Talent Management in Smaller Businesses

Talent management in smaller businesses – a crucial factor in stimulating growth in the economy and restoring confidence

Business expert Julian Wenban of SHLJulian Wenban, head of online business at SHL, discusses today’s talent challenges, the importance of job-matching, and what the smaller business can do to find, hire and retain the right staff

The role of SMEs in the economy is often underestimated, when the reality is that they form its backbone and will play a fundamental role in driving its recovery. With so much riding on their success, SMEs must be as careful with business decisions as their larger counterparts – in particular their hiring and employee development decisions.

The issue of talent is high on the business agenda this year. Talent mobility, the movement of people between roles at all levels in an organisation, was one of the four themes discussed at the World Economic Forum in Davos in January. One aspect of its report stressed the importance of efficient job ‘matching’ – the need for businesses take on candidates who are the right fit for the job.

If new hires turn out to be incompatible with an organisation, it can have devastating effects, especially for a smaller company where each member of staff has more of a personal impact. Moreover, a 2010 PwC study found that staff turnover, in part due to mismatched hiring, was costing UK businesses £42bn a year!

With growing unemployment, recruiters are becoming increasingly challenged by the significant increase in speculative applications, with no corresponding increase in volume of candidates with the right skills applying for jobs. Sourcing high quality talent with the appropriate skills to drive the business forward is an acute challenge, especially when you need to act quickly.

According to a survey carried out by The Chemistry Group, 68% of HR Directors in the FTSE 250 admitted that they would not choose to take on existing personnel again – pretty damning. But a study commissioned by SHL in 2011 suggests this problem is not limited to large enterprise. Of the 250 small businesses polled, 88% had regretted hiring a particular individual in the previous 12 months.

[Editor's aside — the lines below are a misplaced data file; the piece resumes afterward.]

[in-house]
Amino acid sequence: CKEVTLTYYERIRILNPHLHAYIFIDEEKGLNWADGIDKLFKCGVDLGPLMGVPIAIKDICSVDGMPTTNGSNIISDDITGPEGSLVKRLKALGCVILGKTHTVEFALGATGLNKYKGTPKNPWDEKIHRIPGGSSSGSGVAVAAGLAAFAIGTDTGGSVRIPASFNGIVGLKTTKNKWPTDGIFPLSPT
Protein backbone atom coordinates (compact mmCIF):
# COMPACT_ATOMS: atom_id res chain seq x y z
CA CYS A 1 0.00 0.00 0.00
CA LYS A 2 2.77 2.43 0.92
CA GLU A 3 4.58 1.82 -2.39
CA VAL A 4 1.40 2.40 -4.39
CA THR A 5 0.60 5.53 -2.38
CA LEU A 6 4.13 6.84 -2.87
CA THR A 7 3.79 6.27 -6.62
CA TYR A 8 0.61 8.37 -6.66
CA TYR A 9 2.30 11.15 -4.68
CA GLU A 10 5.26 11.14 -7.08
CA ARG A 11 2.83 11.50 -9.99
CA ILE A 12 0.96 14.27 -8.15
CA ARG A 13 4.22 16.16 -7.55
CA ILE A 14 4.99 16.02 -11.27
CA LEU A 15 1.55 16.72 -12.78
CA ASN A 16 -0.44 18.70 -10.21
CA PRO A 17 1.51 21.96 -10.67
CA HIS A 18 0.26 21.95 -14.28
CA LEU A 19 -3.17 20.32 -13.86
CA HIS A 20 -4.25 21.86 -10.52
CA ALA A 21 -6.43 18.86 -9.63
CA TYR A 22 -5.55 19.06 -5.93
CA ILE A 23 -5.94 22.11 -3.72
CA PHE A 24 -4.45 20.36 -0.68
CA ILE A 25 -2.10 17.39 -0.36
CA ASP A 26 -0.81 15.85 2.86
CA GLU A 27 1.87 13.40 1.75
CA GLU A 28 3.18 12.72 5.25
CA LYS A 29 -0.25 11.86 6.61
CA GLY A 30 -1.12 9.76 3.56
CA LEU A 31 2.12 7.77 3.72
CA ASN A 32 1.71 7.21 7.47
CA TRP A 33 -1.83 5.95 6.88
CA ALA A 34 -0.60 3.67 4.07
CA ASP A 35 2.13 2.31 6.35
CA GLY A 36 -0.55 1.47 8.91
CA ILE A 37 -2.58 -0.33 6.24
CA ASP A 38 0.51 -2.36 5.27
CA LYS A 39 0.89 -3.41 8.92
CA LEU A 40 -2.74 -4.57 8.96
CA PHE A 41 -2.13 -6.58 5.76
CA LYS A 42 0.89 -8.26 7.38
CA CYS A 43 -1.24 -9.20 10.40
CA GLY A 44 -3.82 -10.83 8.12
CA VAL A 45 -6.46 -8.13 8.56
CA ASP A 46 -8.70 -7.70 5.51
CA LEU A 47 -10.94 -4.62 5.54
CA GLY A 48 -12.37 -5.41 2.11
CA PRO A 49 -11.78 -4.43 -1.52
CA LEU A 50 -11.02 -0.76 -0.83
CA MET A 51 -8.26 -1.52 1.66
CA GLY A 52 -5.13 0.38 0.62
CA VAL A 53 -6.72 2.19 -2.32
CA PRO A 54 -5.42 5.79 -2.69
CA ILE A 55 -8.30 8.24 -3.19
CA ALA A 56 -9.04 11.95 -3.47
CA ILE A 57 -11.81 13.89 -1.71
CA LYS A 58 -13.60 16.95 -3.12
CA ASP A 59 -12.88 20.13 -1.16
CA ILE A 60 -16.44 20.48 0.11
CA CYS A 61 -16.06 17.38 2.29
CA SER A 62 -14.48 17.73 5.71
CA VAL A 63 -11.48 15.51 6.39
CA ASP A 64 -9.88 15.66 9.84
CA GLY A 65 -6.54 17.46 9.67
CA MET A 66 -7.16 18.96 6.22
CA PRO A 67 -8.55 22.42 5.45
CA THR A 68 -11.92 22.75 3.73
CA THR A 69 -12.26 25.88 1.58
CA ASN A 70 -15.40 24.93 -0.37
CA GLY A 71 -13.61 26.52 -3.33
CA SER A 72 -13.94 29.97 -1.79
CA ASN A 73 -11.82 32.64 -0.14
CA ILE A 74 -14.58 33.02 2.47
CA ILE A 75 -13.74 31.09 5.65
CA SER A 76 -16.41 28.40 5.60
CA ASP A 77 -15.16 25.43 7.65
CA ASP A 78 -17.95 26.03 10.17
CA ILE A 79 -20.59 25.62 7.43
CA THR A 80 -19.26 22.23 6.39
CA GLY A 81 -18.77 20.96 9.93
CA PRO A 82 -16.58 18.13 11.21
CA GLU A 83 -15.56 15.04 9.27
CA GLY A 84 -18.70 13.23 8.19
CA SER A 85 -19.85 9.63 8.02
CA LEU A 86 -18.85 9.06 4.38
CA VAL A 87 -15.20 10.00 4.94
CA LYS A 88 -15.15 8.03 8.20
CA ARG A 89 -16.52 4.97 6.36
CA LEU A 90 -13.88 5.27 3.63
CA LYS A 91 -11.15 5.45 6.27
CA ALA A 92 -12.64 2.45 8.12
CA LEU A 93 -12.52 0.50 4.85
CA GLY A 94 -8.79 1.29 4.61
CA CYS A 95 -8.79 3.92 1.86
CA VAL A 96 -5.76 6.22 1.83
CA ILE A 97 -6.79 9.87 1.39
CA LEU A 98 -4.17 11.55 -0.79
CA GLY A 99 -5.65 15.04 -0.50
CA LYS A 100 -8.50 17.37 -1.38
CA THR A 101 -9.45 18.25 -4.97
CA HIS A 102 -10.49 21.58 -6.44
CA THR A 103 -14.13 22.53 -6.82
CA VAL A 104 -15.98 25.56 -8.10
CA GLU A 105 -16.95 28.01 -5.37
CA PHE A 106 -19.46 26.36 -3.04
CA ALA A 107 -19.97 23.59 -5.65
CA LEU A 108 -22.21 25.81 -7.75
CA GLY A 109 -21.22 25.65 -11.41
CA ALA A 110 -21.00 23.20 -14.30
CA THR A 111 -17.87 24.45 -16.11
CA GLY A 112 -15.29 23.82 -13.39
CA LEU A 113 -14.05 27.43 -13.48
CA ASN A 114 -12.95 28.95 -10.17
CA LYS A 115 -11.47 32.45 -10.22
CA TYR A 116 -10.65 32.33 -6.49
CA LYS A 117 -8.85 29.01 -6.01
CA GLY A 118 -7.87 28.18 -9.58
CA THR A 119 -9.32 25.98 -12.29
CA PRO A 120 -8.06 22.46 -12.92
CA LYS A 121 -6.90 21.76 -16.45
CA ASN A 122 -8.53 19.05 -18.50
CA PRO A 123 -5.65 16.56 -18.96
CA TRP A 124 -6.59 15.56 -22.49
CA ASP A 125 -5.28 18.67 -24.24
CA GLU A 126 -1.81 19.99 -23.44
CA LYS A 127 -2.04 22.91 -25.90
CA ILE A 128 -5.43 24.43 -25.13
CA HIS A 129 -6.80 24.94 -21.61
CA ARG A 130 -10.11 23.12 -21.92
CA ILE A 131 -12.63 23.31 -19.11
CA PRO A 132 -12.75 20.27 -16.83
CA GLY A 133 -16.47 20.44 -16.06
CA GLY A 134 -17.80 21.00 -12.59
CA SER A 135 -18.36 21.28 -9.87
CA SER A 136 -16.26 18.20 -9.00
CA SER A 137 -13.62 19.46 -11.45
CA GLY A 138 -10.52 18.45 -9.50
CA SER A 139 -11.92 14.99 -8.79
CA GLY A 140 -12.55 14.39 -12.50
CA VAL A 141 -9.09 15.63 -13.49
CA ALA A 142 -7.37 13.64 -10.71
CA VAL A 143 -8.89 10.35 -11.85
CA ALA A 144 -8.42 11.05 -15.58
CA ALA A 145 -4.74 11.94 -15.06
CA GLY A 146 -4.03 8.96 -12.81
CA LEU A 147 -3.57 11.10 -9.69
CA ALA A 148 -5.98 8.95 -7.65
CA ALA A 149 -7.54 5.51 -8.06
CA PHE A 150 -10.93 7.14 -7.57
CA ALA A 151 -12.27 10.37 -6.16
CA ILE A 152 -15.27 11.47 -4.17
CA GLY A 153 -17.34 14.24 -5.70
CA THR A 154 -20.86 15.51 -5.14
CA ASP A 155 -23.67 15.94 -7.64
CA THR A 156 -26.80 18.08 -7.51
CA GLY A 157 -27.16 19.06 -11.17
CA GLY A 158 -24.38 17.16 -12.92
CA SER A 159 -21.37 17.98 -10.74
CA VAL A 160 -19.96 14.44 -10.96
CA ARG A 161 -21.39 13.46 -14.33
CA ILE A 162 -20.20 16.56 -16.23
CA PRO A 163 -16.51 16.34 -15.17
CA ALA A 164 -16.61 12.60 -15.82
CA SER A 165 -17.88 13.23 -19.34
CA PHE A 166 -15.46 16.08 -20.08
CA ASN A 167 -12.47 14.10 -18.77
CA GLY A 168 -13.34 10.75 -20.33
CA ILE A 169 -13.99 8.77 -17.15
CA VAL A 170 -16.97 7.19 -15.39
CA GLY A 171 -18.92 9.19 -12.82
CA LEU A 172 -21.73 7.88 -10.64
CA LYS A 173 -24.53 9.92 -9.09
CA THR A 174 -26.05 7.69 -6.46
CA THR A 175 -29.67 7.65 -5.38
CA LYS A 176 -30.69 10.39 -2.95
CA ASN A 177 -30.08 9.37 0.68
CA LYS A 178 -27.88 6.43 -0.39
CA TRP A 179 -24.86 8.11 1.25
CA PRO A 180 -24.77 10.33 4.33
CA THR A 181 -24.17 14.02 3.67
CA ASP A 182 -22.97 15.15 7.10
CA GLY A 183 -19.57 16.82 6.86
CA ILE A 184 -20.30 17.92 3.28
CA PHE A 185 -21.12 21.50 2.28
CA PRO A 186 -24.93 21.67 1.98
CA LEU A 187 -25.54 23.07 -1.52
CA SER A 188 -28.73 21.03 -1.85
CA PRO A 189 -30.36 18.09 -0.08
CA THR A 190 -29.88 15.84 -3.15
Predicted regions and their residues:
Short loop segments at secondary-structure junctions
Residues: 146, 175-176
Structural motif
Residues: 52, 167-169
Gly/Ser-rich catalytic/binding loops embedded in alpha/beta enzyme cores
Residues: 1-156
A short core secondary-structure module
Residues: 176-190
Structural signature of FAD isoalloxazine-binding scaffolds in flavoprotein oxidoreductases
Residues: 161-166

This can’t all be down to bad luck, so what measures can small businesses take to ensure the right hiring and placement decisions are made first time, and to secure the best talent that is appropriate for them?

The CV and interview may be mainstays of the recruitment process, but affordable, proven online tools available to SMEs, such as SHL’s JobMatch, enable organisations to match a candidate’s potential to job-specific requirements, quickly and effectively. A manager can assess candidates online for their degree of fit to a job, before selecting a shortlist for interview – saving them time and reducing risk.

But there is an apparent misconception about talent assessment. Our research discovered that 87% of small businesses think it is too expensive, unnecessary or exclusively for use by large organisations. The reality couldn’t be more different. It’s true that talent assessment has been mainly used by larger enterprises, but that trend is changing as world class assessment solutions become more accessible to all sizes of business. 2012 is a year to restore confidence in small business to stimulate growth – finding, hiring and retaining the right talent will be an important part of this success.

Here are four considerations to take away:

  • Have a good look at your ‘employer brand’ – how do your employees, website and premises reflect the business and what it’s like to work there? This has a direct bearing on whether you attract the right job candidates in the first place. Adopting an objective recruitment process will also ensure that those you don’t hire at least go away with a positive perception of your organisation.

  • Pay real attention to properly defining a job you want to recruit for, by being clear about what a successful person will look like in that role and in your organisation – their skills, behaviour, competencies and cultural fit. Make sure you follow this through by selecting an individual with a good match to what is required. Online tools such as SHL JobMatch can help you through this process.

  • Use the information you capture during the recruitment process to ‘onboard’ new staff – this is critical to ensuring the person you’ve just hired doesn’t slip through your fingers within six months, and you get the absolute best from them. Each employee should have clear objectives and a personal development plan, based on a firm understanding of their personal motivators. Again, online assessment can play a key role in exploring the motivations of a new starter.

  • And finally, remember that your employees are your most valuable assets – small businesses that understand and realise the potential of their people achieve outstanding results. Making the right hiring and placement decisions first time is the key to increased productivity and reduced cost, so treat them as among your most important business decisions.

We’re offering a free trial of SHL JobMatch to is4profit readers. Just click here and follow the instructions to get started.

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